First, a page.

Without reliable data, it is impossible to make systemic changes.
Last month, Superintendent Tony B. Watlington Sr. released the new district plan intending to make Philadelphia the fastest-achieving school district in the nation. His first priority is to improve safety and well-being — including both environmental hazards and community violence. Making decisions based on data is a clear priority for Watlington. Speaking to Chalkbeat in his inaugural interview, he noted, “I want to take the time to do my due diligence, to take the time to listen, to talk to people, and to study our data.”
I witnessed the problems of school safety firsthand as a teacher. For two years, I worked at Dobbins High School on Lehigh Avenue in North Philly. In that brief time, I witnessed a student assault, hundreds of students watching a brutal brawl, and countless other violent incidents and threats. Dobbins has been chaotic and unsafe for years, and I can’t help but think that the way the Philadelphia School District measures and collects data is partly to blame. Without reliable data, it is impossible to make systemic changes.
Student climate measurements are based on informal walk-throughs, out-of-school suspensions, and serious incidents reporting. Throughout the year, district assistant superintendents and other leaders tour our schools. Their observations are used to identify areas needing intervention and support.
Here is the problem: School District leaders schedule their observations in advance. Many school principals and staff, understandably, want to make a good impression. At Dobbins, much like a restaurant that is cleaned before the health inspector arrives, halls were “swept” before district officials walked through. In an almost comical routine, school staff would charge ahead of the touring group to clear the halls of loitering students. Sometimes the students were brought into a spare classroom and, occasionally, a spare broom closet. Administrators and evaluators never saw the seven students who took up daily residence on the radiator. No one saw the whole-school basketball tournaments that took place every Friday until noon. No one saw the fights. No one saw the hallway assaults that Inquirer reporter Kristen A. Graham described in her investigative report last year.
In other words, the data were skewed by those who could throw out the “bad” data before they were even collected. Faulty data led to misinformed decisions, as the data did not reflect the true school climate. In essence, the observational data were invalid and unreliable, so school issues went unaddressed.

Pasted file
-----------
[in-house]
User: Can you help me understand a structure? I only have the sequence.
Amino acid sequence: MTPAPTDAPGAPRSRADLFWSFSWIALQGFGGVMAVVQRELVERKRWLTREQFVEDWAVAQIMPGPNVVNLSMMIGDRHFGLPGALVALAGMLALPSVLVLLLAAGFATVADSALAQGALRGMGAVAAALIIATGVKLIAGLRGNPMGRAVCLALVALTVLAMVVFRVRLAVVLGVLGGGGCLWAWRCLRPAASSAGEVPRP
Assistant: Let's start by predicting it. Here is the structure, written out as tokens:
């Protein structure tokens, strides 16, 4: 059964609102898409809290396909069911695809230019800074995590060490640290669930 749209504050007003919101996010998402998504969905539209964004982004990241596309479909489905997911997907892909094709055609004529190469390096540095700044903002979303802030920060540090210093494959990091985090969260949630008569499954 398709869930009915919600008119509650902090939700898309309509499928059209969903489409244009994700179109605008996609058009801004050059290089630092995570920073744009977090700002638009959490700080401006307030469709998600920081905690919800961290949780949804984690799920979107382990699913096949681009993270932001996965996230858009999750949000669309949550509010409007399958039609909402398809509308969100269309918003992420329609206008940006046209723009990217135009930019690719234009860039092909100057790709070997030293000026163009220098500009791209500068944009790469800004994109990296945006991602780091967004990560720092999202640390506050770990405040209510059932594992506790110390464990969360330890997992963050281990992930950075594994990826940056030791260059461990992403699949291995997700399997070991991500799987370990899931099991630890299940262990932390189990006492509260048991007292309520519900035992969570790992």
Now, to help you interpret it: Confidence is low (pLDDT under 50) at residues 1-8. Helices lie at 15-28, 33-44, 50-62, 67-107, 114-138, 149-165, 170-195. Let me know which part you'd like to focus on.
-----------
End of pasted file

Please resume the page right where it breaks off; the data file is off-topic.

To be sure, not all school leaders are so eager to portray a false version of their school climate. I once had an administrator, Karen Dignetti, who was known for saying, “You get what you get!” She was an exception to the rule.
The processes for reporting school disciplinary incidents must also evolve. At the school level, many violations of the student and district code of conduct go unreported and, therefore, cannot be reflected in the school data profiles. Many times, when a student is issued disciplinary or suspension paperwork following a major behavioral incident, school leaders fail to submit that paperwork to the central office. I have analyzed the climate data for several schools that I am well-acquainted with, and the number of reported major incidents didn’t match the ones I experienced firsthand. Presumably, this is because of the pressure to show good numbers.
Lower-tier offenses aren’t officially counted at all, and unaddressed incidents create a violent culture that pervades our school buildings. At some schools, there is no accountability for making a threat. There is no accountability for continually interrupting instruction or cutting class. Some schools have adopted restorative practices, but those are often haphazard and do not provide the level of steady predictability, accountability, and support that students need.
I am encouraged that Watlington is making safety a priority in the district, but if he wants to create meaningful change, he must closely examine and revolutionize how data is collected about each school.
In addition to the school surveys administered to staff and parents, I recommend that the following steps are taken:
Have district leaders make frequent, unplanned visits to struggling schools
Consider how behavioral data can be submitted by educators and staff in a central location, preferably using the student information system, which is already in use.
Promote trust and transparency at all levels of the process by making referrals and interventions available to teachers and staff in real time.
In the rare case of suspension, have protocols and reporting practices to support the well-being of the student.
Do not penalize poorer-performing schools that have higher incidence rates. We have amazing students, teachers, and staff who are all doing their best.
Changing the way data is collected about our schools will allow deep and authentic learning to flourish. We should not be afraid of the numbers.